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Universities Dodging Right-to-Work Law Under Scrutiny

Wayne State University agrees to unprecedented contract

Negotiating right-to-work-dodging contract extensions could cost Michigan universities millions in state funding.

Michigan's new right-to-work law prohibits contracts that require employees pay dues or fees to unions as a condition of employment. However the law doesn’t go into effect until March 28. That means unions have a brief opportunity to try and dodge the law by getting employers to extend existing contracts or agree to clauses that extend the forced dues/fees collection for longer than the contract.

Michigan’s 15 public universities are considered prime targets for these union efforts. But some state lawmakers are taking steps to head-off such contract extensions.

A performance fund for rewarding fiscally responsible universities was announced last month by Rep. Al Pscholka, R-Stevensville, chair of the House Appropriations Subcommittee on Higher Education. The concept has long been used for tuition restraint but this year the approach is broader and, at $100 million, the incentive is greater.

To qualify for performance fund dollars, a university would be measured against a set of performance metrics, which include, but are not limited to, tuition restraint. Rep. Pscholka said negotiating a right-to-work-dodging contract would eliminate a university’s chance of receiving dollars from the fund.

"My criteria (to qualify for performance fund dollars) is fiduciary responsibility," Rep. Pscholka said. "That means no contracts negotiated between Dec. 10 and March 27, unless they represent at least 10 percent savings for the taxpayers."

Sen. Tonya Schuitmaker, R-Lawton, chair of the Senate Appropriations Subcommittee on Higher Education, has been supportive of the performance fund metrics. What’s more, the administration of Gov. Rick Snyder reportedly has raised no objections to it.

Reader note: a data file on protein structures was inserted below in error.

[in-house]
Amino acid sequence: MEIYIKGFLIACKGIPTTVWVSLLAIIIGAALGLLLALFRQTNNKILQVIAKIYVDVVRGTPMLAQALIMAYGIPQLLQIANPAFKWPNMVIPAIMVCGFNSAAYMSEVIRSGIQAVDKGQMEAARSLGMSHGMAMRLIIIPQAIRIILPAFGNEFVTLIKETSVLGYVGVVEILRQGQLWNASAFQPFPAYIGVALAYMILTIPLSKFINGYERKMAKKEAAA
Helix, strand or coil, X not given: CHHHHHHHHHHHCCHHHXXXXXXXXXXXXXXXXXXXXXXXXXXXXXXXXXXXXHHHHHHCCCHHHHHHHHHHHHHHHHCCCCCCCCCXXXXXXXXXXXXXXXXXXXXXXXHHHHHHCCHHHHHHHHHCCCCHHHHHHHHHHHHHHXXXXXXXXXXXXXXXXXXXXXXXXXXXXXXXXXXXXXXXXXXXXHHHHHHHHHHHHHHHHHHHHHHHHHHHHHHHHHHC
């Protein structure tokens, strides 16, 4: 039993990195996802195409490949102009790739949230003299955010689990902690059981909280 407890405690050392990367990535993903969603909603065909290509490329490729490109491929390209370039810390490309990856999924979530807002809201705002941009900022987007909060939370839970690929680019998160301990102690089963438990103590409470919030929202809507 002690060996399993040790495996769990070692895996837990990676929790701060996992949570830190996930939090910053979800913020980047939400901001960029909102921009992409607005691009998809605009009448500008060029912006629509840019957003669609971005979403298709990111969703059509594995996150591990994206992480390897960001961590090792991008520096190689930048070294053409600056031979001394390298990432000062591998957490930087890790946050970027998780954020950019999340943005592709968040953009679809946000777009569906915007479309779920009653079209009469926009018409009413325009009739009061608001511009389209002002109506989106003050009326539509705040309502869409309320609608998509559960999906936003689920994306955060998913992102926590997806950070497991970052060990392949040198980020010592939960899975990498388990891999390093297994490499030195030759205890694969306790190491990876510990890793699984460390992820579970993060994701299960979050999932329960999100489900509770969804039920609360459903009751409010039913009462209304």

So far, Wayne State University is the only university in the state that has negotiated a union contract that dodges the right-to-work law. WSU announced a new eight-year agreement last week that would allow the University Professors-American Federation of Teachers, to keep getting dues through 2020. However, the WSU contract was not an extension and therefore would not be subject to Rep. Pscholka's plan.

Nevertheless, Rep. Pscholka was quick to criticize the deal.

"In my district there are people going to work every morning," Rep. Pscholka said. "They work hard and pay their taxes. They don't get eight-year contracts that guarantee a 20 percent pay hike. I don't see that as concessions that help families or students."

Meanwhile, lawmakers and other officials are watching closely to see if any other universities are willing to take action at the risk of losing state dollars.

WSU is one of the three universities in Michigan controlled by a board with a large Democratic majority. The other two are Michigan State University and the University of Michigan.

Republicans play a much bigger role on the boards of the other 12 universities. Central Michigan University and Ferris State University officials have said publicly that they’re not interested in renegotiating contracts.

"They're getting a significant amount of pressure from labor to make this into something political,” Rep. Pscholka said, in reference to the university boards. "I think it's all about thumbing their noses at the Legislature. But what they may not realize is that it also poking their thumbs in the eyes of the taxpayers."

Rep. Pscholka said he doesn't think Wayne State should qualify for any money from the performance fund.

"To me, they won't qualify," he said. "And the $100 million is just what we're saying will be in the fund at this point. We could add more to the fund."

However, Sen. Schuitmaker said she is reserving judgment.

"I'll wait to get more facts," she said. "I'm going to withhold judgment until I find out more. In the Wayne State case, they had been negotiating since July. It's not like they opened the contract after we passed right-to-work. It would be different if it was an extension, but that wasn’t the case.

“My understanding is that the union did make some concessions, including some merit pay," Sen. Schuitmaker continued. "But I want to wait and see the details."

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See also:

Taylor School Board Approves Contract Forcing Teachers To Pay Union

School District Reaches Five-Year Contract Preventing Teachers From Leaving the Union

Berkley Schools Union Proposes 9-Year Contract To Prevent Members From Exercising Right To Not Pay Dues

Western Michigan University Union Wants Contract Through 2023 To Avoid Right-to-Work Law

Northern Michigan University economist Hugo Eyzaguirre discusses how raising the minimum wage will hurt emerging local economies. See more at "Raising the Minimum Wage, Lowering Opportunity."


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